Thursday, March 26, 2015

The Starving Artists of the 1%

I haven't done a ton of music-related writing in recent months. There've been lots of reasons for this--my day job saps my energy (the most consistent blogging i've ever done here took place while i was unemployed four years ago--go figure, eh?), all my available writing time has been taken up with WrestleMania liveblogging--but mostly, i've been in a rut of non-enthusiasm fed by a feeling that most people just aren't interested in reading about the bands i want to write about. I mean, who would want to hear about Motherfucker or Le Butcherettes or Hungry Man when stuff like this is out there in the world?

This sub-twee nonsense is a New York band called The Prettiots, and they live in a world that is almost completely removed from the musical universe populated by my peers and friends. I say "almost" because sometimes the two universes crossover like a Marvel vs. DC one-shot, although it's really more like Marvel vs. Achewood or DC vs. your local indie cartoonist who gets stocked at House of Heroes because It's Important to Support Local Art. One of those world collisions happened earlier this month, when The Prettiots traveled to South By Southwest in the hopes of getting "discovered" and "making it," a trek chronicled in part by a piece in the New York Times:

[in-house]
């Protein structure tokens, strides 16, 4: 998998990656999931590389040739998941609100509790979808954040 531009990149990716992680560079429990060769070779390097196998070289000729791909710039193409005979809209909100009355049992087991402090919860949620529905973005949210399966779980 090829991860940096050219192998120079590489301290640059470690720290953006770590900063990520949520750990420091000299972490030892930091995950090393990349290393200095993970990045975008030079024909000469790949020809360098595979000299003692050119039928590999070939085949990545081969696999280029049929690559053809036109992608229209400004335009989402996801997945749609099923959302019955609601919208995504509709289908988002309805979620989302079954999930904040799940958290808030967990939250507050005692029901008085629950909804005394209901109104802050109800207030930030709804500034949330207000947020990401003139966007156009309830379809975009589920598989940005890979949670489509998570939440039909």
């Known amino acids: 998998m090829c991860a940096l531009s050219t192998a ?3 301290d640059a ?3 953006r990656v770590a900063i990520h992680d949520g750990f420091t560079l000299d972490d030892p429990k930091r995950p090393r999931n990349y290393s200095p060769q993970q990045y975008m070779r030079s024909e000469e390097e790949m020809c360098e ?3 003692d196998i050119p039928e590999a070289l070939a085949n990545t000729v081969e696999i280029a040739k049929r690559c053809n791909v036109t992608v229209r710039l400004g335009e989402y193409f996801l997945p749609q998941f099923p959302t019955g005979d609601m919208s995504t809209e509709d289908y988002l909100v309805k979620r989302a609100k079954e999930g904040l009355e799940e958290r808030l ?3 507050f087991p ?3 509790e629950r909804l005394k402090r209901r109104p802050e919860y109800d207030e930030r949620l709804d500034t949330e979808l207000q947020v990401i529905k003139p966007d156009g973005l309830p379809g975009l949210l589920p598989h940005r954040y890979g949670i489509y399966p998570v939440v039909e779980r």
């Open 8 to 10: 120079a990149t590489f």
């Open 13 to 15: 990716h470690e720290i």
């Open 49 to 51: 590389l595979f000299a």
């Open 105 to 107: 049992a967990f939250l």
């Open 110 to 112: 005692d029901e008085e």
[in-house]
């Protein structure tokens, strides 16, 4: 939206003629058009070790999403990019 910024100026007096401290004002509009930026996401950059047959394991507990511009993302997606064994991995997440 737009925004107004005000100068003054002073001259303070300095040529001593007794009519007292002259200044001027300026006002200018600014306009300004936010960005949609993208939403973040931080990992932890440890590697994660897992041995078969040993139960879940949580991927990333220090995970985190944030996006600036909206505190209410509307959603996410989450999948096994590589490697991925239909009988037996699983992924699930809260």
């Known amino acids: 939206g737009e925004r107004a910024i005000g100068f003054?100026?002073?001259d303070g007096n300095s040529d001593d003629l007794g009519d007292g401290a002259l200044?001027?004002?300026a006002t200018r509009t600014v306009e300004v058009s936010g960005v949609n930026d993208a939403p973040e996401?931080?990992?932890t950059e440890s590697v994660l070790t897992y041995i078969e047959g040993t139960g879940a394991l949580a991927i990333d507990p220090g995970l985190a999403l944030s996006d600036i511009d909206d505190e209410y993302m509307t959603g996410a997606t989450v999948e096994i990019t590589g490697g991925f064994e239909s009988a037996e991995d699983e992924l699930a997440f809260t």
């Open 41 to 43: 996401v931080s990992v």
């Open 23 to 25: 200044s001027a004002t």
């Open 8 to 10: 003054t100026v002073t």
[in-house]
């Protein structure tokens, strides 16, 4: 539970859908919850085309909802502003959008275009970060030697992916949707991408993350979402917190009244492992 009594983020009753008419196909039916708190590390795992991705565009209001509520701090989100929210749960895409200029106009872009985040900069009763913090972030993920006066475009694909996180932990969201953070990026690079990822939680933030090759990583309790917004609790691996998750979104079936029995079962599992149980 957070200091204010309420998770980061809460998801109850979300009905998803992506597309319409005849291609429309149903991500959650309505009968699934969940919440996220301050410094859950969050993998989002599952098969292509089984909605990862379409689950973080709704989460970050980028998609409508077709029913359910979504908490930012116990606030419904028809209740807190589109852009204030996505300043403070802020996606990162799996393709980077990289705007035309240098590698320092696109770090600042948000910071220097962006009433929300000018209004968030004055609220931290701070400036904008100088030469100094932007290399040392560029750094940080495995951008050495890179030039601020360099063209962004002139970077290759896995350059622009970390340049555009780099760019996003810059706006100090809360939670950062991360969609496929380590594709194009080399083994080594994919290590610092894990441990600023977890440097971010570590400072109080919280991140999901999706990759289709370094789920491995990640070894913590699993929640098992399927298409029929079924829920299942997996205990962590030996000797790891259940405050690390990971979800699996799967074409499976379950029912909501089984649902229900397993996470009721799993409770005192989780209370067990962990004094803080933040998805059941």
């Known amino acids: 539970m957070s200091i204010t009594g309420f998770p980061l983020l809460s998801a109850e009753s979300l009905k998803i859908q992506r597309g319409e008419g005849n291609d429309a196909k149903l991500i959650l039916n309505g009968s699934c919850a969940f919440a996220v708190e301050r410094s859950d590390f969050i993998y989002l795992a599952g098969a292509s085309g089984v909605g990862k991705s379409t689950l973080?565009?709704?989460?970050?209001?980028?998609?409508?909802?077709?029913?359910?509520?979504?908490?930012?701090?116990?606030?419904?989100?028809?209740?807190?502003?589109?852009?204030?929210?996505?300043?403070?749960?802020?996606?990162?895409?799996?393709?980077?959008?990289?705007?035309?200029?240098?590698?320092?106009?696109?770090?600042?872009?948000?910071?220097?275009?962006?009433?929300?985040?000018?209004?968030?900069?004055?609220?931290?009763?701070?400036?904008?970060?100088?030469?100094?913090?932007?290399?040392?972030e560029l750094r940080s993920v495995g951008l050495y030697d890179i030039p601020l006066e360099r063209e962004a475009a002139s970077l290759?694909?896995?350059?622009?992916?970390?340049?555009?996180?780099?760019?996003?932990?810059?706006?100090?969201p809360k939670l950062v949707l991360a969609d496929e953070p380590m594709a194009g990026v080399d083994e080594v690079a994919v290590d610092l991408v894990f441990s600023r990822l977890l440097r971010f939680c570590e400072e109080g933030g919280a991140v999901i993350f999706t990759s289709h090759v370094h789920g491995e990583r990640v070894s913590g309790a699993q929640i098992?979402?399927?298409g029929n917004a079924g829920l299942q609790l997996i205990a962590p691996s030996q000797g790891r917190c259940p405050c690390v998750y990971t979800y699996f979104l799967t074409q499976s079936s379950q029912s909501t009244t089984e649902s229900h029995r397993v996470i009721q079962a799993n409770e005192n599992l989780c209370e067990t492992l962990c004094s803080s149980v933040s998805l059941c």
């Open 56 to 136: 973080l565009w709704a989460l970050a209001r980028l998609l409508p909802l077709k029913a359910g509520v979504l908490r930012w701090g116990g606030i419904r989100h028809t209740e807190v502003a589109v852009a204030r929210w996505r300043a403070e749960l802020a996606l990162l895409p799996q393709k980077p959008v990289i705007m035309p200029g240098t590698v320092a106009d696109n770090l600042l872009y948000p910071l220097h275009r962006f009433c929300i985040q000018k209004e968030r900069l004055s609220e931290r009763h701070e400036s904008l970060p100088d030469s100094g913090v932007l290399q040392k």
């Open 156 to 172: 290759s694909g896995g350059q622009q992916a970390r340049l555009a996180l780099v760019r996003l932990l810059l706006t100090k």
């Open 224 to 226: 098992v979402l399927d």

Weaving down from New York to Austin, Tex., in a minivan will cost the Prettiots about $1,000 in gas, plus $3,000 to rent the van with insurance. Hiring someone to manage the tour will be $1,500. Cheap hotels along the way: $500. And once the band members arrive at the music marathon on Tuesday, they will stay at an Airbnb accommodation, which will run them another $2,500 for four nights — the going rate, as the city is overrun by thousands of visitors.
All told, with incidentals and a $15 per diem for the musicians, the trip will cost the unsigned group nearly $10,000, said Asif Ahmed, the Prettiots’ manager, who is fronting some of the cost himself. “When you’re a band this young, it’s a necessary evil — spending money to eventually make it,” he said.
The article's point is valid on its surface--SXSW, as everyone knows, is crammed with "starving artists," in the Times' words,  playing for little to no money while hoping to catch someone's attention. But how starving can a band be when they have access to $10,000 to blow? In a spot-on response to this article, Deerhoof's Ed Rodriguez astutely observed, "The people they chose to speak with were so unlike any musician I’ve encountered in the past 20 years that I’m left wondering, where do they find the sources for these stories? Is this your realtor’s son’s band? Did the famous movie director you spoke with for your last interview have a daughter who recently recorded a demo?"